IN THE UNITED STATES COURT OF APPEALS
UNITED STATES OF AMERICA,
VISA INTERNATIONAL, INC.
FOR THE SOUTHERN DISTRICT OF NEW YORK
June 28, 2002 (Page-Proof Version)
TABLE OF CONTENTS
TABLE OF AUTHORITIES
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International Salt Co. v. United States, 332 U.S. 392 (1947)
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Los Angeles Memorial Coliseum Comm'n v. NFL, 726 F.2d 1381 (9th Cir. 1984)
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Lektro-Vend Corp. v. Vendo Co., 660 F.2d 255 (7th Cir. 1981)
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Mosier v. Federal Reserve Bank of New York, 132 F.2d 710 (2d Cir. 1942)
NASL v. NFL, 670 F.2d 1249 (2d Cir. 1982)
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National Society of Professional Engineers v. United States, 435 U.S. 679 (1978)
NBA v. Williams, 45 F.3d 684 (2d Cir. 1995)
NCAA v. Board of Regents, 468 U.S. 85 (1984)
NFL v. NASL, 459 U.S. 1074 (1982)
NLRB v. Dinion Coil Co., 201 F.2d 484 (2d Cir. 1952)
Northern Pacific Railway. Co. v. United States, 356 U.S. 1 (1958)
Northwest Wholesale Stationers, Inc. v. Pacific Stationery & Printing Co., 472 U.S. 284 (1985)
Oahu Gas Service, Inc. v. Pacific Resources, Inc., 838 F.2d 360 (9th Cir. 1988)
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Omega Environmental, Inc. v. Gilbarco, Inc., 127 F.3d 1157 (9th Cir. 1997)
Oreck Corp., v. Whirlpool Corp., 579 F.2d 126 (2d Cir. 1978)
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Pullman-Standard v. Swint, 456 U.S. 273 (1982)
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Summit Health, Ltd. v. Pinhas, 500 U.S. 322 (1991)
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United States v. Coca-Cola Bottling Co., 575 F.2d 222 (9th Cir. 1978)
United States v. Crescent Amusement Co., 323 U.S. 173 (1944)
United States v. E.I. du Pont de Nemours & Co., 351 U.S. 377 (1956)
United States v. E.I. du Pont de Nemours & Co., 366 U.S. 316 (1961)
United States v. Gabriel, 125 F.3d 89 (2d Cir. 1997)
United States v. General Motors Corp., 384 U.S. 127 (1966)
United States v. Glaxo Group Ltd., 410 U.S. 52 (1973)
United States v. Loew's, Inc., 371 U.S. 38 (1962)
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United States v. Rea, 958 F.2d 1206 (2d Cir. 1992)
United States v. Rockford Memorial Corp., 717 F. Supp. 1251 (N.D. Ill. 1989), aff'd, 898 F.2d 1278 (7th Cir. 1990)
United States v. SKW Metals & Alloys, Inc., 195 F.3d 83 (2d Cir. 1999)
United States v. Southern Pacific Co., 259 U.S. 214 (1922)
United States v. Torres, 901 F.2d 205 (2d Cir. 1990)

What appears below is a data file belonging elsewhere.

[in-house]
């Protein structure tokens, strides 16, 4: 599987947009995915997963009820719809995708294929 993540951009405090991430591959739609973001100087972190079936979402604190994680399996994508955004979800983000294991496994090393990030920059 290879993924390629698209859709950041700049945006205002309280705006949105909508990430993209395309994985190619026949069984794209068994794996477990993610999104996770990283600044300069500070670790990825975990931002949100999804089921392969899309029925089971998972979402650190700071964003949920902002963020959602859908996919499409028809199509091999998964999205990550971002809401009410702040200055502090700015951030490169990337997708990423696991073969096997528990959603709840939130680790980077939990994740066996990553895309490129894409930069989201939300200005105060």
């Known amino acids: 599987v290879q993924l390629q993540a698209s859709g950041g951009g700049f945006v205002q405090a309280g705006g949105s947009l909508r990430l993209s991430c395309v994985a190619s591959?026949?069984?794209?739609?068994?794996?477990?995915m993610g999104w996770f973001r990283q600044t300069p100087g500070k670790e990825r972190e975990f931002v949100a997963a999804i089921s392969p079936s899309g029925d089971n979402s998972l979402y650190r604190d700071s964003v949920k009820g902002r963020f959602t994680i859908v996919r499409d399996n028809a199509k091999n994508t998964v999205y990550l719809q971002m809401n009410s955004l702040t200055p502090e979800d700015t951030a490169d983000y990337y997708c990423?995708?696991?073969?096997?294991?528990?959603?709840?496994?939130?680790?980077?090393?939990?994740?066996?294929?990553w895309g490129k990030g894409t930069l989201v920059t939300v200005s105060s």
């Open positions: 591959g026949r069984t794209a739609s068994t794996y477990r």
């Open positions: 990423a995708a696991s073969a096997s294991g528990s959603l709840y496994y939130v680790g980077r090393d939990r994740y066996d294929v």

United States v. United States Gypsum Co., 340 U.S. 76 (1950)
United States v. United States Gypsum Co., 550 F.2d 115 (3d Cir. 1977), aff'd, 438 U.S. 422 (1978)
United States v. Waldbaum, Inc., 612 F. Supp. 1307 (D. Conn. 1985), aff'd sub nom. United States v. Korfant, 771 F.2d 660 (2d Cir. 1985)
United States v. Ward Baking Co., 376 U.S. 327 (1964)
U.S. Anchor Manufacturing, Inc. v. Rule Industries, Inc., 7 F.3d 986 (11th Cir. 1993)
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FEDERAL STATUTES AND RULES
15 U.S.C. § 1
Fed. R. Civ. P. 19(a)
Fed. R. Civ. P. 52(a)
Fed. R. Civ. P. 59(e)
2A Phillip E. Areeda et al., Antitrust Law (2d ed. 2002)
7 Phillip E. Areeda, Antitrust Law ¶ 1511 (1986)
Phillip E. Areeda & Herbert Hovenkamp, Antitrust Law, ¶ 1916 (Supp. 2002)
Robert Bork, The Rule of Reason and the Per Se Concept: Price Fixing and Market Division, 74 Yale L.J. 775, 797-98 (1965)
11 Herbert Hovenkamp, Antitrust Law (1998)
Restatement (Second) of Torts § 876(b)
U.S. Dep't of Justice & FTC, Horizontal Merger Guidelines §§ 1.0, 1.11 (1992), reprinted in 4 Trade Reg. Rep. (CCH) ¶ 13,104
Charles Alan Wright, et al., 7 Federal Practice and Procedure:
1. Whether Visa's Bylaw 2.10(e) and MasterCard's Competitive Programs Policy (CPP), which prohibit member/owner banks from issuing general purpose cards on the only networks not controlled by banks, constitute unreasonable restraints of trade in violation of Section 1 of the Sherman Act, 15 U.S.C. § 1.
2. Whether the district court abused its discretion by ordering repeal of Bylaw 2.10(e) and the CPP, and a transition period during which member banks entering into issuing arrangements with American Express or Discover may terminate existing agreements with Visa or MasterCard committing them to maintain a certain percentage of their general purpose card business in the United States on that association's network.
1. On October 7, 1998, the United States sued Visa USA Inc. (VUSA), Visa International Corp. (VINT) (collectively, Visa), and MasterCard International Inc. (MC), alleging two violations of Section 1 of the Sherman Act, 15 U.S.C. § 1. A61. Visa and MasterCard are joint ventures (or "associations") created, owned, governed, and operated by their thousands of member banks. United States v. Visa U.S.A. Inc., 163 F. Supp. 2d 322, 327 (S.D.N.Y. 2001) ("Op.") (SPA158, 163). Visa and MasterCard's business is to provide network services to their member/owners which, in turn, issue credit and charge cards(1) to consumers and 0.provide card acceptance services to merchants.